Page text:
Summer is in full swing, and in the US that often means weekend barbecues with family and friends. But what about in France? How do the French barbecue?
You might be surprised to know that barbecues are actually quite popular in France! However, some key differences exist between American and French barbecues. Continue reading to find out about some of those differences and to get some ideas for hosting your own French-inspired barbecues this summer (with wine pairings, of course!).
BBQ in France versus in the US
One important difference between grilling in France versus in the US can be the grill itself. While gas grills are perfectly acceptable in the States, you won’t find them at a French cookout. People in France tend to use wood-based charcoal to grill on.
Additionally, you won’t find these barbecues happening in public parks like you see in the US. French barbecues tend to be smaller affairs help in one’s backyard.
When you think about typical BBQ food in the US, you probably picture meat slathered with flavorful sauce. When it comes to French cookouts, though, you won’t find many sauces. In France, grillers focus on the natural flavor of the meat. As a result, the French tend to avoid heavy marinading and use of sauces when barbecuing.
So, what do the French prepare at their summer cookouts?
Sausage in general is popular for grilling in France, but Merguez is particularly popular. This spicy lamb (and sometimes beef) sausage originated in Morocco and is now a staple of street food in Paris as well as a go-to for barbecues.
The spicy sausage pairs perfectly with a light and fruity Beaujolais red like the Fleurie or a delicious Rosé wine.
Travers de Porc
“Travers de porc” simply means pork ribs, but in France they aren’t coated in rub or slathered in sauce. The preparation can even be as simple as just olive oil, herbes de Provence, and some black pepper.
Prime rib, or côte de boeuf, is another popular and delicious French barbecue star. To avoid thermal shock, the beef should be taken out of the refrigerator a few hours before being placed on the grill. Côte de boeuf can simply be grilled naturally as it is. Alternatively, you can rub it with a bit of coarse salt an hour before grilling, remove the salt, and then brush the meat with a light mix of olive oil, pepper, and Herbes de Provence.
Another popular barbecue dish in France is grilled sardines. They are perfect when served with a garlicky French aioli. According to this recipe by The Good Life France, all you really need for the sardines is olive oil, skewers, lemons, fleur de sel, and parsley. The aioli requires lots of garlic, some salt, EVOO, and a pestle and mortar.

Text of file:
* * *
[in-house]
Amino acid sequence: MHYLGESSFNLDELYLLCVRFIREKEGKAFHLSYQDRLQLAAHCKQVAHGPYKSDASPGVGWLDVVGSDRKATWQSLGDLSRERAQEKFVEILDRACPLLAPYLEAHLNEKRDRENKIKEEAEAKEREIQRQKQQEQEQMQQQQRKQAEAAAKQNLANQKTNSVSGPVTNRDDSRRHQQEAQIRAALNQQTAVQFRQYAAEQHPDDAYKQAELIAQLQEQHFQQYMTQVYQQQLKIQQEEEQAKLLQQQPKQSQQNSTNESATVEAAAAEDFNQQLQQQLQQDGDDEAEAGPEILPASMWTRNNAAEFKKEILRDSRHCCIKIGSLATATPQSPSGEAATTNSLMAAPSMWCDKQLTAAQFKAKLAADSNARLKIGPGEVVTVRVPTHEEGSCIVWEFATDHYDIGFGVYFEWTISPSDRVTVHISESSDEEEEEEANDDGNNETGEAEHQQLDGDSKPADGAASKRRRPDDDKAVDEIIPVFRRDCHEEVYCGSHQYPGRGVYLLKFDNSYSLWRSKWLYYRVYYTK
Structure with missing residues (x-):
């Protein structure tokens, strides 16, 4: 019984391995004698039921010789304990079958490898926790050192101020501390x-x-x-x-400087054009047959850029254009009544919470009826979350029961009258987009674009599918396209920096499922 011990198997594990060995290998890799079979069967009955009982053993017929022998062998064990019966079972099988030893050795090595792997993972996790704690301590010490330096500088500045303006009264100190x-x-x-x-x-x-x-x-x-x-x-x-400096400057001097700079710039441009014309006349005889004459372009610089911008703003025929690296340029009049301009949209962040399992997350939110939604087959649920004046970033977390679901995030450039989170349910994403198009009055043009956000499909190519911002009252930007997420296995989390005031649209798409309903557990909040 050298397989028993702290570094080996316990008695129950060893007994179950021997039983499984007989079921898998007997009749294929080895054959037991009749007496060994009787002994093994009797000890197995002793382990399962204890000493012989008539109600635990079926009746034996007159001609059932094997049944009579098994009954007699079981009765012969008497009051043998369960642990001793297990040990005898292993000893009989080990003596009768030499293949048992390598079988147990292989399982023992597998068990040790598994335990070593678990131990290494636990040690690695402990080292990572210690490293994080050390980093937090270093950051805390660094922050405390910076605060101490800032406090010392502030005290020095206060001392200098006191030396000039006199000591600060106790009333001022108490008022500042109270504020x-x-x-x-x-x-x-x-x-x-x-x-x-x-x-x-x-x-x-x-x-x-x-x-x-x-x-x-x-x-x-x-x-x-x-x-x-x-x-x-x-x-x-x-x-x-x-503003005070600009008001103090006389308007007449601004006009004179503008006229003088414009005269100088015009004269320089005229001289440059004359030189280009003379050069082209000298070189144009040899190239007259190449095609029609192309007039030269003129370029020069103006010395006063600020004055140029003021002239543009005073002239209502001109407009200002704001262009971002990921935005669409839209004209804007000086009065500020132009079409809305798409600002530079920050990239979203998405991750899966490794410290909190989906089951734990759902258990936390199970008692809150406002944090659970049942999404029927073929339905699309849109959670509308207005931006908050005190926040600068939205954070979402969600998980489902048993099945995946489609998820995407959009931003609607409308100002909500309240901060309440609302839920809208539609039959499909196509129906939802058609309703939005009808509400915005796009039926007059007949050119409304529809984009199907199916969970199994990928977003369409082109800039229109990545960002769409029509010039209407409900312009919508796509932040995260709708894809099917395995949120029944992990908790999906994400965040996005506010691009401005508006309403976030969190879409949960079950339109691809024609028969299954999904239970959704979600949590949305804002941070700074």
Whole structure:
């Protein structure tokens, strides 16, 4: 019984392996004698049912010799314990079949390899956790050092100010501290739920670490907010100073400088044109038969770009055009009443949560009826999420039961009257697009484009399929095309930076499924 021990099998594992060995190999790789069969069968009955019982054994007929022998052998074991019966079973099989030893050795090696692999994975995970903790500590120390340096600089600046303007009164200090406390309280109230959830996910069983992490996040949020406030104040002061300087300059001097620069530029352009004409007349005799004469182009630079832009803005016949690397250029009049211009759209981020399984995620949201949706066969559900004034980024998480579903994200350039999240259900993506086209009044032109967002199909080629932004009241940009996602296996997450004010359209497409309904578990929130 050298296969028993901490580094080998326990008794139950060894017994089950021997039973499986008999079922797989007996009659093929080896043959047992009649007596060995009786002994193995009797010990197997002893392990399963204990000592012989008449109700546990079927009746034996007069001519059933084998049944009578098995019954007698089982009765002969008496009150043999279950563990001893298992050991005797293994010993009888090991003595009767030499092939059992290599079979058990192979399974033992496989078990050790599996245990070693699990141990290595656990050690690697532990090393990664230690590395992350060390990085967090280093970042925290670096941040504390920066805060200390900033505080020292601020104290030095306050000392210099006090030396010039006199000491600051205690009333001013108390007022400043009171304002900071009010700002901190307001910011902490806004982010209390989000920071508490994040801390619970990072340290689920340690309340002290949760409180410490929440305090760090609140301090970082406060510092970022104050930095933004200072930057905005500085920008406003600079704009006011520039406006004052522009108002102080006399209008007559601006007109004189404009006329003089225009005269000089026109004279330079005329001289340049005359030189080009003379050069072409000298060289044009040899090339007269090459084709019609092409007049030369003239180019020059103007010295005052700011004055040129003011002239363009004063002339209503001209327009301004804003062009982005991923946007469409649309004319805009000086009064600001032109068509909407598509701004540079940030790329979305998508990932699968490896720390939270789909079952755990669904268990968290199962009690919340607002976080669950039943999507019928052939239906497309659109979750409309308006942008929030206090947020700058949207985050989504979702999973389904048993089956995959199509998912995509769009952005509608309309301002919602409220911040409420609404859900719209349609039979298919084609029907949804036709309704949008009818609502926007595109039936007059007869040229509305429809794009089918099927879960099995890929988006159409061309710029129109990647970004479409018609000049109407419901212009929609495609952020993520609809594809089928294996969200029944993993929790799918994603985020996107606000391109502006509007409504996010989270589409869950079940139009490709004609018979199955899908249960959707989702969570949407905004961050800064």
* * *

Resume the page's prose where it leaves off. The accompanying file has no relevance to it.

Grilled oysters, anyone? Grilled oysters in France typically involve butter, garlic, parsley, and sometimes cheese.
A dry white like somMailier favorite La Fleur des Pins from Graves pairs exceptionally well with grilled oysters at a summer cookout.
Tomates à la Provençale
Tomates à la Provençale are another French barbecue staple. These are typically roasted in the oven but are excellent served alongside the other grilled dishes.
While tomates à la Provençale are usually seen as a side dish, if they will be taking up the most room on your plate, it makes sense to pair your wine with them. For a classic summer pairing, enjoy the French roasted tomatoes with Rosé. If red wine is more your speed, go with a complex Provencal red like the La Cavale.
Grilled peaches like the ones in this recipe from Go French Yourself are another popular food to find at French summer cookouts. A mouthwatering combination of sweet and peppery, your friends and family will love this summer treat at your next barbecue.
Make this dish even better by pairing the peaches with a chilled glass of Champagne.
Burgers are less common at French barbecues but definitely an American staple.
If burgers are on the menu at the next summer barbecue you attend, be sure to bring a bottle of the fresh yet silky Château de Portetsred from Laurent’s cousin’s winery in Graves, France.
Get Ready to Barbecue Like the French
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